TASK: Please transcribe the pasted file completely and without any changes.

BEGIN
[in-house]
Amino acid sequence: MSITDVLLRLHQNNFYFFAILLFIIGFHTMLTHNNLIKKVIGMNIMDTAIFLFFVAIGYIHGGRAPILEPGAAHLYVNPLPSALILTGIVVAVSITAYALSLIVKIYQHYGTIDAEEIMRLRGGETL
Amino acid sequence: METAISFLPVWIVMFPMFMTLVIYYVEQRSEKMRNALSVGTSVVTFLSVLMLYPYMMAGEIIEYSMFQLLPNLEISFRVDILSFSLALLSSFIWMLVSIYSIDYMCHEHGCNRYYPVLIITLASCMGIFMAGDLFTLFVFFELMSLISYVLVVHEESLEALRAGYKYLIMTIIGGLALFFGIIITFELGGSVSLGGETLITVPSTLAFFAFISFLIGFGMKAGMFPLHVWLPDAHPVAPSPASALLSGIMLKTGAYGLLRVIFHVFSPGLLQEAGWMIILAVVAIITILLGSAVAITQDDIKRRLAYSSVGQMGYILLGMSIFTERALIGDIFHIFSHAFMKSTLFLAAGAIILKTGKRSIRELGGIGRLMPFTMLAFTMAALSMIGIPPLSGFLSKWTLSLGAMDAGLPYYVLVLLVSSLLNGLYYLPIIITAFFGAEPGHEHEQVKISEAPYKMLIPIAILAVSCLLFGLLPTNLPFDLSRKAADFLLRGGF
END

[in-house]
Amino acid sequence: MSITDVLLRLHQNNFYFFAILLFIIGFHTMLTHNNLIKKVIGMNIMDTAIFLFFVAIGYIHGGRAPILEPGAAHLYVNPLPSALILTGIVVAVSITAYALSLIVKIYQHYGTIDAEEIMRLRGGETL
Amino acid sequence: METAISFLPVWIVMFPMFMTLVIYYVEQRSEKMRNALSVGTSVVTFLSVLMLYPYMMAGEIIEYSMFQLLPNLEISFRVDILSFSLALLSSFIWMLVSIYSIDYMCHEHGCNRYYPVLIITLASCMGIFMAGDLFTLFVFFELMSLISYVLVVHEESLEALRAGYKYLIMTIIGGLALFFGIIITFELGGSVSLGGETLITVPSTLAFFAFISFLIGFGMKAGMFPLHVWLPDAHPVAPSPASALLSGIMLKTGAYGLLRVIFHVFSPGLLQEAGWMIILAVVAIITILLGSAVAITQDDIKRRLAYSSVGQMGYILLGMSIFTERALIGDIFHIFSHAFMKSTLFLAAGAIILKTGKRSIRELGGIGRLMPFTMLAFTMAALSMIGIPPLSGFLSKWTLSLGAMDAGLPYYVLVLLVSSLLNGLYYLPIIITAFFGAEPGHEHEQVKISEAPYKMLIPIAILAVSCLLFGLLPTNLPFDLSRKAADFLLRGGF